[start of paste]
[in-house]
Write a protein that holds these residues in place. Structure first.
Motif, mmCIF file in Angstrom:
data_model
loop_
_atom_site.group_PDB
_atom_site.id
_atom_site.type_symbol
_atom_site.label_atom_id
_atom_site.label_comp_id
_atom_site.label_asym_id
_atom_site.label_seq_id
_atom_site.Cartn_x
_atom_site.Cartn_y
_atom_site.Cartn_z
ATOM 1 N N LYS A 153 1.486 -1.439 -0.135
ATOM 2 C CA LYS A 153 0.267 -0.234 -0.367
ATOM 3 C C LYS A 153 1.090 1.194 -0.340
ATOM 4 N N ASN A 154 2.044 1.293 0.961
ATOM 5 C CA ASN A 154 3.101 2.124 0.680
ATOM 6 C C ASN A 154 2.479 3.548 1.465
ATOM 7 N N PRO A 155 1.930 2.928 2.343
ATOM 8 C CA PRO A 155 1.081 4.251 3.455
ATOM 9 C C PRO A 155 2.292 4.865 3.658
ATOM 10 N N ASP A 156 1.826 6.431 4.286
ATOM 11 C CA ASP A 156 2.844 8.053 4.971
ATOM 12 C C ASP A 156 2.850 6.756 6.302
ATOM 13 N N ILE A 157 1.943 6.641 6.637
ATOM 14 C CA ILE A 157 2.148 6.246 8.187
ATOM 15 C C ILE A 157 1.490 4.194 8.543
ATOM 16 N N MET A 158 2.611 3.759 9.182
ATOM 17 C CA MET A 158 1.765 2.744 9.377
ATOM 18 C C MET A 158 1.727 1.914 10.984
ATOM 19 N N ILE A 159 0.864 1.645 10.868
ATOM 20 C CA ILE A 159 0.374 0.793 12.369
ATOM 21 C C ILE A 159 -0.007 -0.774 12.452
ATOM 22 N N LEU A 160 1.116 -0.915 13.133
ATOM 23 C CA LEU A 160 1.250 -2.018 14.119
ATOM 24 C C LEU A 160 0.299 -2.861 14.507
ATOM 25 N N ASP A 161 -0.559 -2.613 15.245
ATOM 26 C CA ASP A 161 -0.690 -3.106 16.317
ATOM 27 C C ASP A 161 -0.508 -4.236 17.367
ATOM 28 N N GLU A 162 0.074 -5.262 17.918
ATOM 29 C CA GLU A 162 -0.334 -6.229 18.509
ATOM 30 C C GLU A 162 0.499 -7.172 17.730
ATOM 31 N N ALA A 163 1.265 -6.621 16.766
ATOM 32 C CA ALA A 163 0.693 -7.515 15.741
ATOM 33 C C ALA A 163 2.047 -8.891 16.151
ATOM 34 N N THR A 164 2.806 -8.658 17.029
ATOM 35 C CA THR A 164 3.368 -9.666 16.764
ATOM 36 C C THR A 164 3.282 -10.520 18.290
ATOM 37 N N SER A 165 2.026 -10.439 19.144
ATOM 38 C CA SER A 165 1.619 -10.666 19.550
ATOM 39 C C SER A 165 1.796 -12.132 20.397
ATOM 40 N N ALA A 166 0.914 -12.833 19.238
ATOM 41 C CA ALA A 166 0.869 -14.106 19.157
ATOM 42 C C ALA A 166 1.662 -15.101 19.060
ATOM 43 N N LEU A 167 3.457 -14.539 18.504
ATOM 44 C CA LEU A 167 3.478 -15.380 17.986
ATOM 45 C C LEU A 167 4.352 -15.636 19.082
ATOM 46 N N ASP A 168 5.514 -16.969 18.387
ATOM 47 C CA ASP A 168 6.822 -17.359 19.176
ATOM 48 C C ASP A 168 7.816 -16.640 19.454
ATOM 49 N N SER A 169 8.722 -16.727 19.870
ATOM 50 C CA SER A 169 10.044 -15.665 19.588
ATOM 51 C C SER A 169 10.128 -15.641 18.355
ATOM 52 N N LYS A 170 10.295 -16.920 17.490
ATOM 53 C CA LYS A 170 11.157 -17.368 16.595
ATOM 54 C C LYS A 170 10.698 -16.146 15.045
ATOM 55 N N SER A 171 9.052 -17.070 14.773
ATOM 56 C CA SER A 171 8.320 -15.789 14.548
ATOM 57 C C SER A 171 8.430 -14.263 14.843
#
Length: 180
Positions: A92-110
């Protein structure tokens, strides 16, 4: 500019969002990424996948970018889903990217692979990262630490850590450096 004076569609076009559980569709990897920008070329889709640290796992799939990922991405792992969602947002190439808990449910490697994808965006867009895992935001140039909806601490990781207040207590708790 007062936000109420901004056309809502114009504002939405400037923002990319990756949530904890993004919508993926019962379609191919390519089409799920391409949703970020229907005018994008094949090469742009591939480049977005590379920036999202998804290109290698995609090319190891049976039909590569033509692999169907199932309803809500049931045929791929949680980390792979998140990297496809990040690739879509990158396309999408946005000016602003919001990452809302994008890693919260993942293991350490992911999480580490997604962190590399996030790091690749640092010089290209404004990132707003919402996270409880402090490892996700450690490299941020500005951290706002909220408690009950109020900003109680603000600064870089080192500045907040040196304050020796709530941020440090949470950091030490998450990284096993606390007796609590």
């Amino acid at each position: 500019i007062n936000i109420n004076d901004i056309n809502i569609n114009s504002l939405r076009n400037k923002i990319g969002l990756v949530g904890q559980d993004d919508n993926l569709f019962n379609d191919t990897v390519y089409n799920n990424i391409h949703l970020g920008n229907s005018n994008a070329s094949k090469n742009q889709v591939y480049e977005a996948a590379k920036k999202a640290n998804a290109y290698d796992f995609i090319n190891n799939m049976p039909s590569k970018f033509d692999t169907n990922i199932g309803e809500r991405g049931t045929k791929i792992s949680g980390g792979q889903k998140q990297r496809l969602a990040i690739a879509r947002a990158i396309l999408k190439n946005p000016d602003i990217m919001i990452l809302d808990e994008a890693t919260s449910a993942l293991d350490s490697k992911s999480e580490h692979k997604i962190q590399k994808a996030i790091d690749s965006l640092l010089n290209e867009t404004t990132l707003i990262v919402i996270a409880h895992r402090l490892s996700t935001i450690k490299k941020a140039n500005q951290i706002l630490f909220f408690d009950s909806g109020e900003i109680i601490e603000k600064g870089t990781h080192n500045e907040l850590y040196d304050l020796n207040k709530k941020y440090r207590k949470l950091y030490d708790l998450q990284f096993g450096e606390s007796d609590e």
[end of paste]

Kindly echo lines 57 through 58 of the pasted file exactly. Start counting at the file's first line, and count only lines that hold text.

ATOM 42 C C ALA A 166 1.662 -15.101 19.060
ATOM 43 N N LEU A 167 3.457 -14.539 18.504